Matt Nieto has found a home with the Colorado Avalanche, but he will always have a connection in San Jose Sharks history.
He became the Sharks' first-ever California-born player drafted by the franchise after the team used its first selection on him (No. 47 overall, second round) in 2011.
The Long Beach native played his first 221 games in the league with San Jose and remains a popular player with the Bay Area media whenever the Sharks visit Denver or the Avs travel to San Jose.
Nieto helped the NHL's Northern California club in two playoff campaigns, including the team's Stanley Cup Final run in 2016, but he is now tasked with trying to eliminate his former teammates in the second round of the 2019 postseason.
"They're going to be a great challenge for us," Nieto said last week prior to Game 1. "They're a team with a lot of experience and coming off a pretty emotional series. It's going to be a great series, big battle, and we're all ready for it in here."
Nieto joined the Avalanche on Jan. 5, 2017 after the Sharks put him on waivers and Colorado promptly claimed him. He has since registered 26 goals and 34 assists in 181 regular season games in burgundy and blue.
Through seven playoff outings this year, the left wing has produced five points (three goals, two assists), which ranks tied for fourth among Colorado forwards behind the team's top three scorers from the regular season (Mikko Rantanen, Nathan MacKinnon and Gabriel Landeskog).
He did his part in Game 2 of the Avalanche's second-round series on Sunday by scoring a goal to extend the Avs' lead to two midway through the third period. Nieto fought off Sharks defenseman Brenden Dillon for the loose puck in the crease and was able to knock it across the goal line before it could be cleared out.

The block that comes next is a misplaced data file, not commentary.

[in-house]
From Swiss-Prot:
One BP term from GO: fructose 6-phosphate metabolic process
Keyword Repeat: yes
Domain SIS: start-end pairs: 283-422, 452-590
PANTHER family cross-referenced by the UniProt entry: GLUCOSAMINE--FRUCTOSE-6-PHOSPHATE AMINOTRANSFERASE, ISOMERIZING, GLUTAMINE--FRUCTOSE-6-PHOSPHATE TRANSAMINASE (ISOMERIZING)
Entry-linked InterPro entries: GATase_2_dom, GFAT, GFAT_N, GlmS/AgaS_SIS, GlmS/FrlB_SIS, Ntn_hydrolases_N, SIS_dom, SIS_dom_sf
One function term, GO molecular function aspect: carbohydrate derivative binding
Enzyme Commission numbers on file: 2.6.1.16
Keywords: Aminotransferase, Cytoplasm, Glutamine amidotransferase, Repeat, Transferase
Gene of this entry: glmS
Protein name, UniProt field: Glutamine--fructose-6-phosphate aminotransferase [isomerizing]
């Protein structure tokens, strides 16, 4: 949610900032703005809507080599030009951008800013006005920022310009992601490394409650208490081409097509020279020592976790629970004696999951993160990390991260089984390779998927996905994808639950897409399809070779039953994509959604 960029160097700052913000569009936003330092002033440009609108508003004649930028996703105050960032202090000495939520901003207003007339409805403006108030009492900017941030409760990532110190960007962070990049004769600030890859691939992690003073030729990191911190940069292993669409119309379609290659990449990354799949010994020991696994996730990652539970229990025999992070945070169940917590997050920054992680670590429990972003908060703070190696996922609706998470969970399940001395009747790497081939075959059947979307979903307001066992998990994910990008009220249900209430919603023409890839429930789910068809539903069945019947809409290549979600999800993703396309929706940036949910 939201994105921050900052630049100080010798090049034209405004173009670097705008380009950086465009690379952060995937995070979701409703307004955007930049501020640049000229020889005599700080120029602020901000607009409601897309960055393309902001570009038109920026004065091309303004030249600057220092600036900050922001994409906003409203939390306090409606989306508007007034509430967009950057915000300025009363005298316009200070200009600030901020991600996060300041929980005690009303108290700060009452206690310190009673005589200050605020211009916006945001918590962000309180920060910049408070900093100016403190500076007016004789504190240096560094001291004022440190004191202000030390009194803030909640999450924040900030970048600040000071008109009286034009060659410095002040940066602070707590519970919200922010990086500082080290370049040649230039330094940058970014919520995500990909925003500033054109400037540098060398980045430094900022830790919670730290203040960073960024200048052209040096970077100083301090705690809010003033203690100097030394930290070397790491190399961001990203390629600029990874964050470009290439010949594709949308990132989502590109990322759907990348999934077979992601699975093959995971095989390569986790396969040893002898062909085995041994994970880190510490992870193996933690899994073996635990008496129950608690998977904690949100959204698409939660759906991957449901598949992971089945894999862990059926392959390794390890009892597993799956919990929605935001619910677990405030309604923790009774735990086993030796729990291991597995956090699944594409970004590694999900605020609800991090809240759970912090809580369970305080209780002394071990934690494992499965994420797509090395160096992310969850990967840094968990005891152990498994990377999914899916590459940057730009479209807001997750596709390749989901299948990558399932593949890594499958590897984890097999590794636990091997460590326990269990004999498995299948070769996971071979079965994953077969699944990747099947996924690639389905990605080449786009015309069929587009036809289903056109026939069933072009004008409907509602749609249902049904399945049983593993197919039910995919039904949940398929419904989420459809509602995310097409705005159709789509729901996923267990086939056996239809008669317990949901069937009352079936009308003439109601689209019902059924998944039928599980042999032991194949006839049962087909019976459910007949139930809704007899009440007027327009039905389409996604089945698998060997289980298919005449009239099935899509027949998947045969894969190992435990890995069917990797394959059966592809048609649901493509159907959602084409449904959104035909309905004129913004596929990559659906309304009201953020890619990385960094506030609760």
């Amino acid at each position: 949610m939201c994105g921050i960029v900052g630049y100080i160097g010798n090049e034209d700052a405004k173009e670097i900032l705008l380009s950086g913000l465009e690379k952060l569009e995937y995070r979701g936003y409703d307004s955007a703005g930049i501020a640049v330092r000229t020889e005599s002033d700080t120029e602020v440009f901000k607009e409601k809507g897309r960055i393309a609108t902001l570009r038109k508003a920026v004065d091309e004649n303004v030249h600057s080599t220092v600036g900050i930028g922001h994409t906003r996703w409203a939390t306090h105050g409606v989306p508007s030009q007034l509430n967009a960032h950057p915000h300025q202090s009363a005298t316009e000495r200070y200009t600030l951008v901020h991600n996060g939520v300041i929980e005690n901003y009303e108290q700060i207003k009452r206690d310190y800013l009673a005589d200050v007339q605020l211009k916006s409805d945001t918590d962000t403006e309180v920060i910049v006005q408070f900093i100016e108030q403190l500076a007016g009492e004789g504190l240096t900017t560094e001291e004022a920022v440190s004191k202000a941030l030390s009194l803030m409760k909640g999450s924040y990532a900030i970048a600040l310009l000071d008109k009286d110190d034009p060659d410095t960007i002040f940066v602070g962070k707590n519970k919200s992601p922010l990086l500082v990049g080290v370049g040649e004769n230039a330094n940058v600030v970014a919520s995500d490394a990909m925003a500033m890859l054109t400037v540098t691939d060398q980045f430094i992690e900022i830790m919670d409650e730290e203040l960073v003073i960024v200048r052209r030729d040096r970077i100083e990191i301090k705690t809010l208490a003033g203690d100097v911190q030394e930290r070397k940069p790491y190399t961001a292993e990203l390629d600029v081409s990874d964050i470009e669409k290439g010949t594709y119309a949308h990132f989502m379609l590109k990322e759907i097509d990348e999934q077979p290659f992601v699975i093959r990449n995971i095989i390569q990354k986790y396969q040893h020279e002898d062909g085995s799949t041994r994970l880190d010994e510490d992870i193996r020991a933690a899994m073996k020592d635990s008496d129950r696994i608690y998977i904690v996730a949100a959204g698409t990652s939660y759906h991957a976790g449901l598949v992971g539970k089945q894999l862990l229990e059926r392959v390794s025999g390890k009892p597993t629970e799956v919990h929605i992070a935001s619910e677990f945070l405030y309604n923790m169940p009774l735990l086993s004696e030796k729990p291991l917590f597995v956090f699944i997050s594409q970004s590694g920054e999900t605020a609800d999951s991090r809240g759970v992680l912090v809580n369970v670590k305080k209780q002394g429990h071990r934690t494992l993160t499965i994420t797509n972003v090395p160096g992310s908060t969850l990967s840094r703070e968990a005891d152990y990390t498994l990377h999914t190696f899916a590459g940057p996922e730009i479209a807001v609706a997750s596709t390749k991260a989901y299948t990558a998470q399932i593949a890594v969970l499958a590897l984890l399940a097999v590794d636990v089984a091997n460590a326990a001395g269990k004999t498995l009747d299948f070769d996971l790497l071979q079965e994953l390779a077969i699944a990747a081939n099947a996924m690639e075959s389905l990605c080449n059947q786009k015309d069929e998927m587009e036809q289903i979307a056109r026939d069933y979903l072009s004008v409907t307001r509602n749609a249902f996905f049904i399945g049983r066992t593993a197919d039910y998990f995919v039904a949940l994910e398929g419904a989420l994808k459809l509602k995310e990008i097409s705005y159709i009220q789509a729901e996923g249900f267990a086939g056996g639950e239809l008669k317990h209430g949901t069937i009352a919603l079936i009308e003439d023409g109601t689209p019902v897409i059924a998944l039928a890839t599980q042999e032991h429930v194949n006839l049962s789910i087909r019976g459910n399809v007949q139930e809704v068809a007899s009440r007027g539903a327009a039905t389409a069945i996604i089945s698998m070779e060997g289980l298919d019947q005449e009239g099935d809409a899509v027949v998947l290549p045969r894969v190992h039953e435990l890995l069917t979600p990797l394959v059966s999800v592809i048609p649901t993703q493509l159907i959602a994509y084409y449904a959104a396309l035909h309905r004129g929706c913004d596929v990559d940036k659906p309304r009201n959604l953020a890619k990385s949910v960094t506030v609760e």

Video: COL@SJS, Gm2: Nieto puts it home in the crease
It was a key marker as it gave Colorado some breathing room on the scoreboard before San Jose made a late push.
"I think our line was grinding all night," Nieto said. "We're in the offensive zone, not really getting a whole lot of looks but working down there and playing in the O-zone. To get that one where it is just sitting on the goal line and we're all battling to get there, that was nice."
Nieto has been paired on a forward combination with Matt Calvert and J.T. Compher for most of the playoffs, and the trio has played in critical situations during the Avalanche's first seven games. The line is expected to grind out pucks at even strength and on the penalty kill, and that is what it did with 9:50 left in regulation in Game 2.
"Hanging around the front of the net and making sure we pay the price to score these goals is important. It's tough to create offense against a really good team like San Jose," said Avalanche head coach Jared Bednar. "You got to make sure that if there are pucks hanging around the net, we got to find a way to battle and punch them in across the line. That is what Nieto does, he comes right into that area and off the back post and he stays in while Calvert is battling in the second and third effort on that puck, and it turns into a huge goal."
Each of Nieto's three tallies this postseason could be defined as big markers, with his first coming while the Avs were shorthanded in Game 2 of Round 1 against the Calgary Flames. It was the team's first goal of the playoffs and helped set the tone for a 3-2 overtime victory that evened that series at 1-1 as well.
His second came two days later in Game 3, as he buried a rebound chance on a rush during another Colorado penalty kill. Nieto's two short-handed goals matches the franchise record for the most in a single postseason, and it was only the second time in Avalanche/Quebec Nordiques history that a player has scored on a disadvantage situation in back-to-back games.
Nieto's latest tally? That might have been his biggest yet for a club that is battling in the second round for the first time since 2008. And personally, it's always nice to score in a win against a former team, right?
"Yeah, definitely," Nieto said with a smirk on his face.